Third, and most preferred, the catalyst composition may be formed by using a pre-forming process. According to this process, a small amount of monomer within solution is contacted with the alkylating agent within a feed line. This combination of monomer and alkylating agent is then contacted with the lanthanide compound, and subsequently the halogen-containing compound is introduced into the feed line. This in-line combination preferably occurs at a temperature of about −20° C. to about 80° C. Also, once the halogen-containing compound is introduced into the feed line, the preformed catalyst is preferably introduced into the continuous reactor within less than about 10 minutes. The amount of conjugated diene monomer that is used for pre-forming the catalyst can range from about 1 to about 500 moles per mole, more preferably from about 5 to about 250 moles per mole, and even more preferably from about 10 to about 100 moles per mole of the lanthanide compound. The major portion of the monomer to be polymerized is introduced into the polymerization reactor via a separate feed line. Advantageously, by pre-forming the catalyst composition in this manner, it has been found that higher polymer yield can be obtained at lower agitation speeds. While the lower agitation speeds may not ultimately impact the degree of backmixing, i.e., the non-ideal flow of the molecules within the reactor, the degree of agitation has been found to impact polymer yield where the catalyst composition is not pre-formed according to the preferred method. Accordingly, one benefit to pre-forming the catalyst in this manner is the reduced amount of energy required to agitate the polymerization mixture within the reactor.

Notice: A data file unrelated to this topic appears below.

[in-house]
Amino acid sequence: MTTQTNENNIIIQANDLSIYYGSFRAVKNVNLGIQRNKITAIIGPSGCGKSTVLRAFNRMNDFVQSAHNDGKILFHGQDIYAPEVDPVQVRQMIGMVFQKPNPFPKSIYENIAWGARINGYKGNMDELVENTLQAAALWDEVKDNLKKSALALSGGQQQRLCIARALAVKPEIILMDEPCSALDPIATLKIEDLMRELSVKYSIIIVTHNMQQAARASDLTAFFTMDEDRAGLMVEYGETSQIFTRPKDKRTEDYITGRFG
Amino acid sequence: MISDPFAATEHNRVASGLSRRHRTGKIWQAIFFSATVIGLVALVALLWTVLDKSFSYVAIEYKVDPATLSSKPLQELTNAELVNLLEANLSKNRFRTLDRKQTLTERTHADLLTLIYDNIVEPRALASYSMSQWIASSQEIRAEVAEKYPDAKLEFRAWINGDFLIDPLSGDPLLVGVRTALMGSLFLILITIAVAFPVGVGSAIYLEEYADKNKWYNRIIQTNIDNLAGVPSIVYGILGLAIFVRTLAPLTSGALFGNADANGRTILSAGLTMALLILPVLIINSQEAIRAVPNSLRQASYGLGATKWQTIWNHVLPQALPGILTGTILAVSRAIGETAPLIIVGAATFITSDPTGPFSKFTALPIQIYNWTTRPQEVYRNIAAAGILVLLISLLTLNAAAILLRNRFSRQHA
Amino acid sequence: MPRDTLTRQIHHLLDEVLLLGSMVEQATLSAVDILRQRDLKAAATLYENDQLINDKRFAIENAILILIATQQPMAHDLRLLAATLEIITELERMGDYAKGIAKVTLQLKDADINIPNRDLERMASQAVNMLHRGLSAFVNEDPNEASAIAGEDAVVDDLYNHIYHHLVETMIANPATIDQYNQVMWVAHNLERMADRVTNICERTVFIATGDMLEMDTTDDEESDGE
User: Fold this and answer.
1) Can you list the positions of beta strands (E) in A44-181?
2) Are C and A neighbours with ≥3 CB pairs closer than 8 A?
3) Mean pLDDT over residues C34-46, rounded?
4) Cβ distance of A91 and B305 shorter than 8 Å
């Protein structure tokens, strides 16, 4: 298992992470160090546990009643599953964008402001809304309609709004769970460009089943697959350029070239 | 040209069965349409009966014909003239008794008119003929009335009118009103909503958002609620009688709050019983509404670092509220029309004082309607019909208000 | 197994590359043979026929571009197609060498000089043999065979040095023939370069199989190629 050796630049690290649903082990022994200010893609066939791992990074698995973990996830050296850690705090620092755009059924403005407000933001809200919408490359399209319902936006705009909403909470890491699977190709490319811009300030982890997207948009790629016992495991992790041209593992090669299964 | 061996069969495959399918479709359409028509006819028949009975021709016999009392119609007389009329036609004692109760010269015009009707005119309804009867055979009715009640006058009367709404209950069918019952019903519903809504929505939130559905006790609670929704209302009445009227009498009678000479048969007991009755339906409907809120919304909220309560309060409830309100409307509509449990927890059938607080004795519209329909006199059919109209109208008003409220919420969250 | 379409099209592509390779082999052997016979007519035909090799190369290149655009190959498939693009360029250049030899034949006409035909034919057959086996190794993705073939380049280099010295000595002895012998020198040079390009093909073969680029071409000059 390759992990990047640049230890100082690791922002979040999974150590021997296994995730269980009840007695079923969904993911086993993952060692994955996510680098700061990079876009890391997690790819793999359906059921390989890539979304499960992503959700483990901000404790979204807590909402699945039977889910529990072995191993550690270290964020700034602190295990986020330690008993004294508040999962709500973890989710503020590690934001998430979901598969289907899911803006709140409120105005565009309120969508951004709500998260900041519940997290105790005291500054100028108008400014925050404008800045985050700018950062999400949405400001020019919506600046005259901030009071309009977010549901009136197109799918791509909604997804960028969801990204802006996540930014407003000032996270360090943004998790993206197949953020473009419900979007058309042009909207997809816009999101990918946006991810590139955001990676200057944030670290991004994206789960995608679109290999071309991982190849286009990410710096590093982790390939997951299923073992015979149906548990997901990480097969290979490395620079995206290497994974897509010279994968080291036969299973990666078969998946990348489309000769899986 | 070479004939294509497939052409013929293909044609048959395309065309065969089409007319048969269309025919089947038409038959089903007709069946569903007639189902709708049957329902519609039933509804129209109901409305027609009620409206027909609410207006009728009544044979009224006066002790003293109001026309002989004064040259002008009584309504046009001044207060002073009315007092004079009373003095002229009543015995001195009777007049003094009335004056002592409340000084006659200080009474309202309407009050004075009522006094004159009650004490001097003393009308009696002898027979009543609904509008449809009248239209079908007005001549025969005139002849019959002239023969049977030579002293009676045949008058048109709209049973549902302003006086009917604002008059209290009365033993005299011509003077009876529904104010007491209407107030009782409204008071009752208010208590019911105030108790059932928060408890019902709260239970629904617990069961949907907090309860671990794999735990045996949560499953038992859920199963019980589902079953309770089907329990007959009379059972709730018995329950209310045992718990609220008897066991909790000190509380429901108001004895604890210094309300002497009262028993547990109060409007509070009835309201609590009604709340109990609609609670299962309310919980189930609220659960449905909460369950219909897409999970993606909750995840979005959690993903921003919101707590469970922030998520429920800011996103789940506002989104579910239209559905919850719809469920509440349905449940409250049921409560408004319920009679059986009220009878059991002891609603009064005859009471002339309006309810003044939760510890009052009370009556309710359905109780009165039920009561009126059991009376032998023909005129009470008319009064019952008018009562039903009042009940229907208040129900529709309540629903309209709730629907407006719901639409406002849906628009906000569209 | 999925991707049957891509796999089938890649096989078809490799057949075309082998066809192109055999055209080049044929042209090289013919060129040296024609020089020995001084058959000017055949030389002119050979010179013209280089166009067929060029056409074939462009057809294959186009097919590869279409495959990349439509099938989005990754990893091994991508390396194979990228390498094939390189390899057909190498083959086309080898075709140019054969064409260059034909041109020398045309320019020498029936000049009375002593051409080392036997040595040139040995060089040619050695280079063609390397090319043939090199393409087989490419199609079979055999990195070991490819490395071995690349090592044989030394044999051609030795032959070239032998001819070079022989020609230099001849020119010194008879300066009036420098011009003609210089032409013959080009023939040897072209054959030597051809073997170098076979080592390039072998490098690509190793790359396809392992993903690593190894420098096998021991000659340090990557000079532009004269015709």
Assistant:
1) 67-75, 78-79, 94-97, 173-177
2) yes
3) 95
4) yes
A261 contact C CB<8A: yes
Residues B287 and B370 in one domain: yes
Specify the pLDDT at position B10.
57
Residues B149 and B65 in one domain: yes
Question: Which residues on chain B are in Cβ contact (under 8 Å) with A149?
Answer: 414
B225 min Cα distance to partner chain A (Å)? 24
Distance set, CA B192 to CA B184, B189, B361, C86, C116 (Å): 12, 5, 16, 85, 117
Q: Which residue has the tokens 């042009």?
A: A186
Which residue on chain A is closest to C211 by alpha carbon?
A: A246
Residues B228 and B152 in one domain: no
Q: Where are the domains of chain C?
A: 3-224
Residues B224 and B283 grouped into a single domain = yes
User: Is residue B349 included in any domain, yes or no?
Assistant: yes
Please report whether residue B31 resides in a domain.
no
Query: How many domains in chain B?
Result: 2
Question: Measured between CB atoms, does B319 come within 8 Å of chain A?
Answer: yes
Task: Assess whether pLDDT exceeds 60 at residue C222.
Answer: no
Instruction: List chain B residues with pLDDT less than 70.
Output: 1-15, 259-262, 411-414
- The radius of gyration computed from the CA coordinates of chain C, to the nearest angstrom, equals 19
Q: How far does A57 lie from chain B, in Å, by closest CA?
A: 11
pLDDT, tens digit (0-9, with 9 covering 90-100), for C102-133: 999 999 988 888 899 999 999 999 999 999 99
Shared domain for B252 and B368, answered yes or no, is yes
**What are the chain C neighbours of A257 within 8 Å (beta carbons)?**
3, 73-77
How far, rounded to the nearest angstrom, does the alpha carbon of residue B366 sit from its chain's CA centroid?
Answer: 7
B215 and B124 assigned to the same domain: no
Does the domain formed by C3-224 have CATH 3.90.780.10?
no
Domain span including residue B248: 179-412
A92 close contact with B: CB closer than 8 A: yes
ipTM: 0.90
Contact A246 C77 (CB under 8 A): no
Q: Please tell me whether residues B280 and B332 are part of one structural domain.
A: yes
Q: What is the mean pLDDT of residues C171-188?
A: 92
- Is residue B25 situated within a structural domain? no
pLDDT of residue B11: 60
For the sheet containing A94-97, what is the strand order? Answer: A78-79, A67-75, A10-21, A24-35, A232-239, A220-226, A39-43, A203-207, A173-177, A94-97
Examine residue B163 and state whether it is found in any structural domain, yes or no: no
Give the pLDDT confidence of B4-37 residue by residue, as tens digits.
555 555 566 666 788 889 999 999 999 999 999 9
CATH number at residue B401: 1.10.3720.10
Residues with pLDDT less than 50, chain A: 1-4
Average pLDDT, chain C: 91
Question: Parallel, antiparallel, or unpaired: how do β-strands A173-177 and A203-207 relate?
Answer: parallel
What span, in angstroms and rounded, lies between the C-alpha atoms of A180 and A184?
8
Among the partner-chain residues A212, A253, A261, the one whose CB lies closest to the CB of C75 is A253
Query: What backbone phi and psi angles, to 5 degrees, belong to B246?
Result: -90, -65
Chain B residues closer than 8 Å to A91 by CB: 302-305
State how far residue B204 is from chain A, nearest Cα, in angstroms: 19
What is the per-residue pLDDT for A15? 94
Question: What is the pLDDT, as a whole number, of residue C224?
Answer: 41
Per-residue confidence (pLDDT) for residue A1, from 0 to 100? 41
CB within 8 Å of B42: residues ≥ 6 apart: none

When a solution of the catalyst composition or one or more of the catalyst ingredients is prepared outside the polymerization system as set forth in the foregoing methods, an organic solvent or carrier is preferably employed. The organic solvent may serve to dissolve the catalyst composition or ingredients, or the solvent may simply serve as a carrier in which the catalyst composition or ingredients may be suspended. The organic solvent is preferably inert to the catalyst composition. Useful solvents include hydrocarbon solvents such as aromatic hydrocarbons, aliphatic hydrocarbons, and cycloaliphatic hydrocarbons. Non-limiting examples of aromatic hydrocarbon solvents include benzene, toluene, xylenes, ethylbenzene, diethylbenzene, mesitylene, and the like. Non-limiting examples of aliphatic hydrocarbon solvents include n-pentane, n-hexane, n-heptane, n-octane, n-nonane, n-decane, isopentane, isohexanes, isopentanes, isooctanes, 2,2-dimethylbutane, petroleum ether, kerosene, petroleum spirits, and the like. And, non-limiting examples of cycloaliphatic hydrocarbon solvents include cyclopentane, cyclohexane, methylcyclopentane, methylcyclohexane, and the like. Commercial mixtures of the above hydrocarbons may also be used. For environmental reasons, aliphatic and cycloaliphatic solvents are highly preferred. The foregoing organic solvents may serve to dissolve the catalyst composition or ingredients, or the solvent may simply serve as a carrier in which the catalyst composition or ingredients may be suspended. These solvents may also be employed to carry the monomer to the reactor or to dilute the polymerization medium within the reactor.